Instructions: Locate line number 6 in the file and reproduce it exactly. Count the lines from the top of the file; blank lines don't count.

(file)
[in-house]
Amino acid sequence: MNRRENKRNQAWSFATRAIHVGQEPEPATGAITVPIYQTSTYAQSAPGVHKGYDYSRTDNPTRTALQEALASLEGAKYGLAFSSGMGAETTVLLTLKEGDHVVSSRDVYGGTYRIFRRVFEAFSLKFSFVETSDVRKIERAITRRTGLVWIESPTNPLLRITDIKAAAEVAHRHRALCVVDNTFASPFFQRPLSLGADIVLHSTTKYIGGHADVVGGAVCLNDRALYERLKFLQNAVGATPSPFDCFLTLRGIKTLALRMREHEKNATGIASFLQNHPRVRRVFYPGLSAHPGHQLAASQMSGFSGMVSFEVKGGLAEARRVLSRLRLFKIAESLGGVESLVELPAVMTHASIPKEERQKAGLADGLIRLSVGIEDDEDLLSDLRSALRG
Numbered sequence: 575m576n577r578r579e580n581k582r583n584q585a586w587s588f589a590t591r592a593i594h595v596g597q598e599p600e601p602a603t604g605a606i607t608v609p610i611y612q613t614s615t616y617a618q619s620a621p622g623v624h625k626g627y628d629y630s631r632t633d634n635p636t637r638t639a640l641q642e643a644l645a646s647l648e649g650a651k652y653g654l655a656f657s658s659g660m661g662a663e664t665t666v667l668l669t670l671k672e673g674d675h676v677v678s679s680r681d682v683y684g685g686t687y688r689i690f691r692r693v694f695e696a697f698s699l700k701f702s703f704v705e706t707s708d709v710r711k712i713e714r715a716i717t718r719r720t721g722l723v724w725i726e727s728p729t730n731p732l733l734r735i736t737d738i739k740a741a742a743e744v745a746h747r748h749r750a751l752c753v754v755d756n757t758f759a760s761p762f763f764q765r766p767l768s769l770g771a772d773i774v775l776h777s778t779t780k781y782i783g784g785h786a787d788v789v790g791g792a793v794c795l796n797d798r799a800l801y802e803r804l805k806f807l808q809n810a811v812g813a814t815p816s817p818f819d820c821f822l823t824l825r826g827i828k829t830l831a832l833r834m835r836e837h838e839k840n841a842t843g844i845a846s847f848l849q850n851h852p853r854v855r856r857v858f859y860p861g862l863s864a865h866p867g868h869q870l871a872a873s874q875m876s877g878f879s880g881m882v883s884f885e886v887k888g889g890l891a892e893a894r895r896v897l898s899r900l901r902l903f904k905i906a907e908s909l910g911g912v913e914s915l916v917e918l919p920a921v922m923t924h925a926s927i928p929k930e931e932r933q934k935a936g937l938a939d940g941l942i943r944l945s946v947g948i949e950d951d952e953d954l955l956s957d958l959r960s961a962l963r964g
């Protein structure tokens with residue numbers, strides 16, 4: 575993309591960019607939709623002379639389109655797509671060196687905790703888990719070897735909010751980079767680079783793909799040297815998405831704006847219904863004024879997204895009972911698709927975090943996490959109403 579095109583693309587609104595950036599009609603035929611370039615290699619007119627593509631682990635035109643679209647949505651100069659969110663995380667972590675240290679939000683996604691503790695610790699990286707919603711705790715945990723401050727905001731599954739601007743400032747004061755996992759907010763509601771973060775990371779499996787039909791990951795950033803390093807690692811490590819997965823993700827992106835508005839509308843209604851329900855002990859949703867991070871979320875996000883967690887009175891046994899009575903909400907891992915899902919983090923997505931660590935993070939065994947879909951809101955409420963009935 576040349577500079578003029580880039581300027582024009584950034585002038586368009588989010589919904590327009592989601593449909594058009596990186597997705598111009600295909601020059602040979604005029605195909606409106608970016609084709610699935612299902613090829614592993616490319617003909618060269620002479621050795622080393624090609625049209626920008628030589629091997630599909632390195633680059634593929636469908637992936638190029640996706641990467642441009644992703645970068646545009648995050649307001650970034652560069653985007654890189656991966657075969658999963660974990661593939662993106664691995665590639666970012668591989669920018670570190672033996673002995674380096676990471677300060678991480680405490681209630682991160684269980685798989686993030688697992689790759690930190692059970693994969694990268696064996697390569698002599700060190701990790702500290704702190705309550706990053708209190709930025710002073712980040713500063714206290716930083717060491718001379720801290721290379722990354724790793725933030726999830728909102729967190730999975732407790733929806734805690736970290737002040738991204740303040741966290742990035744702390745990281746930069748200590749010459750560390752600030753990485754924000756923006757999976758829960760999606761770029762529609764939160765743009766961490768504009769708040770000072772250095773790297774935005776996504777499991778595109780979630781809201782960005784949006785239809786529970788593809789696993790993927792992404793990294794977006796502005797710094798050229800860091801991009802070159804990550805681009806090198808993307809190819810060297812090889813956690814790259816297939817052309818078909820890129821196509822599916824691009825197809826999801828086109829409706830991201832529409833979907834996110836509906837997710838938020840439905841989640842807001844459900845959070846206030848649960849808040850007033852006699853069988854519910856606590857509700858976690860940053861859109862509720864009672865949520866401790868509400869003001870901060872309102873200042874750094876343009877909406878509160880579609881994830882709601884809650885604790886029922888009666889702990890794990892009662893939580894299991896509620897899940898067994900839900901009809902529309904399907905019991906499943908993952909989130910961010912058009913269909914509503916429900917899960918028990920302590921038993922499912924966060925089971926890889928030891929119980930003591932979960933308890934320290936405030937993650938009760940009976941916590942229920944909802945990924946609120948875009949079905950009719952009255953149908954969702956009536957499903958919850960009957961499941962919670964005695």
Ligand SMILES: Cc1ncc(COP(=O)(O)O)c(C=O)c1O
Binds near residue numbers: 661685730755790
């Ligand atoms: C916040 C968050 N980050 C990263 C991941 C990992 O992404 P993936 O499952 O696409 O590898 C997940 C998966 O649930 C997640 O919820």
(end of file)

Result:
Binds near residue numbers: 661685730755790